Collections of Asian traditional warrior necklaces body jewellery, amulet, pendant and bangle. Tattoo art from Borneo has been the trademarks of our local tribes and ancient history. Enjoy browsing our finest selections. Necklaces Body Jewellery.
Indonesia is said to be made up of over 400 distinct ethnic groups, each with their own language and culture, and by extension, their own jewelry making traditions. In Sumatra the Batak Toba made jewelry from copper alloys and a gold-copper mix. Though their jewelry is a bit stark in comparison to the splendor of other Batak tribes, they produced very nicely woven bronze bracelets. They also used ivory to fashion massive bracelets and bone to make combs with finely chiseled decorations. The well known duri-duri (meaning thorn), open oval shaped ear ornaments with radiating spikes, were fashioned from brass, bronze, silver and gold. The Batak Karo produced more exuberant jewelry, spiral bracelets and huge spiral ear ornaments called padung-padung from solid brass. The Minangkabau of central Sumatra have one of the oldest jewelry traditions in Indonesia. For them, jewelry was of special importance to establish identity and status. They preferred gold and made extensive use of red coral. In West Sumatra women wore pure gold headdresses, forehead crowns, tiaras and elaborate hair ornaments in wedding ceremonies. They also wore beautiful gold necklaces finely worked with intricate patterns. necklaces body jewellery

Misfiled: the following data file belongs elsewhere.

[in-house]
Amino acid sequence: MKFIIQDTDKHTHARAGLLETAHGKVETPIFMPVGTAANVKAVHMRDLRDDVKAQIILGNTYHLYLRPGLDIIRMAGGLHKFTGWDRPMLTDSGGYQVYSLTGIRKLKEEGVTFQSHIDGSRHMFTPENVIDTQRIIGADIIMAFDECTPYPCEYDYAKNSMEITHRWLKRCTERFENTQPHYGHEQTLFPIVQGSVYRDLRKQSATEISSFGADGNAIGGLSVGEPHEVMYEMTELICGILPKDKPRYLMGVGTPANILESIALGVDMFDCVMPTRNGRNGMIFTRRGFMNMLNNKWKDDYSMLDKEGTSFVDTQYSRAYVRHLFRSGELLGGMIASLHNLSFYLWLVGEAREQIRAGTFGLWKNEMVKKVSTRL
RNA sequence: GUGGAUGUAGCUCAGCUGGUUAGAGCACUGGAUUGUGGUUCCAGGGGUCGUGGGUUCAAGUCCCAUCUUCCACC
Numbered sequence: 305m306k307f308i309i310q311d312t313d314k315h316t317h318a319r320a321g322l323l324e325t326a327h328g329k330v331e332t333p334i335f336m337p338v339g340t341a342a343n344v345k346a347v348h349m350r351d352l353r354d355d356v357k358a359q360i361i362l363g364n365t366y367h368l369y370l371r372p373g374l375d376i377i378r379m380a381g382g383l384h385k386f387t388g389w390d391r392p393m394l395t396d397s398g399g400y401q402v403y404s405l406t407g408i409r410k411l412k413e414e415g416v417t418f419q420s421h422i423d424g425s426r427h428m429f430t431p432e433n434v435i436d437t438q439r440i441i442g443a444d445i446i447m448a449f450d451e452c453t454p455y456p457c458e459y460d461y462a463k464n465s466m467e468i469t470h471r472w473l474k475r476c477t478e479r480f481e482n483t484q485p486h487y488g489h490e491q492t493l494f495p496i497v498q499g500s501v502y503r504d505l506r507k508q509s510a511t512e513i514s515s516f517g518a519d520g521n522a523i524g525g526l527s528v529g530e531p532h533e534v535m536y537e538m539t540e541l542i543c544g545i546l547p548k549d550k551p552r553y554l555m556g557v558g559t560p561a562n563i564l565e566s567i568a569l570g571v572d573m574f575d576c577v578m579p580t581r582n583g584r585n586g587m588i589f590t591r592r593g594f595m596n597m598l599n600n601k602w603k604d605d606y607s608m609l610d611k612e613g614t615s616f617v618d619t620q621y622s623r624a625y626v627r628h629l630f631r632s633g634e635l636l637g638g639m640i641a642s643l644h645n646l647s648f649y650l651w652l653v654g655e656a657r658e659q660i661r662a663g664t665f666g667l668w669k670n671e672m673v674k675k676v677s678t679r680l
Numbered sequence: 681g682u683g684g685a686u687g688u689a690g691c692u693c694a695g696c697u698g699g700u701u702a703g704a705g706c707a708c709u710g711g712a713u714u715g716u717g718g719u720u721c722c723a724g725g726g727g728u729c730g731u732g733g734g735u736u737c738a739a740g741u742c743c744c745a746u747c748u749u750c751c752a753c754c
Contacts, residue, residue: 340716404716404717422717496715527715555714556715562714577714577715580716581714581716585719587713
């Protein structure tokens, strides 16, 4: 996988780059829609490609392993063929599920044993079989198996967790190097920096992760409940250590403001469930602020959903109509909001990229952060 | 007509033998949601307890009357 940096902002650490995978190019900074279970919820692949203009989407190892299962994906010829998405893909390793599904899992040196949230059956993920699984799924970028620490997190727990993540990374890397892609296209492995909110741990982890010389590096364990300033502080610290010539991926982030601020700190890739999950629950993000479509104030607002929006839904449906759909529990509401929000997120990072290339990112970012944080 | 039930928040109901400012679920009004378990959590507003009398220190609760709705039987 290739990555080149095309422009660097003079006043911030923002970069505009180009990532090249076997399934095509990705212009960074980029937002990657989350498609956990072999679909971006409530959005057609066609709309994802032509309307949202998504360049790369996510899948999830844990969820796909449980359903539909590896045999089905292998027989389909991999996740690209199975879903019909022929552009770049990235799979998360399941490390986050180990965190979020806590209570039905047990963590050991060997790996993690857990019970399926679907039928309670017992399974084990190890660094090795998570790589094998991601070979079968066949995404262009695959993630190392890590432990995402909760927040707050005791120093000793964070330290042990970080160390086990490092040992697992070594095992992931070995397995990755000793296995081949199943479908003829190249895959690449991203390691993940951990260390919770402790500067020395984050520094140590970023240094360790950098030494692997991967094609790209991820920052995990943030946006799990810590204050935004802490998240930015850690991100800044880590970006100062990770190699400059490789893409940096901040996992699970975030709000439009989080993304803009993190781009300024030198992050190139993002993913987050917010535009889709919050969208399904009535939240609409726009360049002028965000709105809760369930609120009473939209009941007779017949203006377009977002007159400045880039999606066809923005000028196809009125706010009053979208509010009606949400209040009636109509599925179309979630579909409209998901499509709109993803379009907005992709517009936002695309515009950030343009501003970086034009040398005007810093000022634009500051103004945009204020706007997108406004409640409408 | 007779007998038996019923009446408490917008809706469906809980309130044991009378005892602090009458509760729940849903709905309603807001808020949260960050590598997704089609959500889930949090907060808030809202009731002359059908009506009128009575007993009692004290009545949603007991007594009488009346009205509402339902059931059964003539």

The tribes of Borneo, particularly the Dayak, enjoyed frequent contacts with other islanders from the Hindu-Buddhist kingdoms of Sumatra and the later Islamic Malay courts and their jewelry shows this influence. The Iban, the sea Dayak of Western Kalimantan created elaborate golden headdresses made of copper alloys, later silver. Borneo’s necklaces body jewellery attest to the most varied influences: the tribal past, international trade, immigrant culture, itinerant silversmiths and the sophisticated courts of the Malay kingdoms established in Banjarmasin and Kutai. Materials used were shells, glass beads, ivory and hornbill in the early days; later silver was extensively used to make finely crafted filigreed belts and astonishing bridal hairpieces. The Dayak peoples from Eastern and Southern Kalimantan retained many core ancestral beliefs but at the same time were strongly influenced by the culture of the Malay kingdoms. Of particular interest are carved amulets and shaman’s necklaces fashioned from bear teeth, ivory, wood, beads and shell in intricate patterns to protect against black magic. Bearpaws provided protection and were not only included in necklaces but also hung from backslings used to carry babies. Eastern Kalimantan produced the super heavy brass rings worn in distended earlobes by both men and women. Another interesting piece jewelry is the modesty plate made of gold or silver, or both, that was worn by young children to protect them against malevolent spirits. It was usually a triangular shaped plate that was suspended from string and worn over the genital area of both boys and girls. The designs on these modesty plates could be very ornate. necklaces body jewellery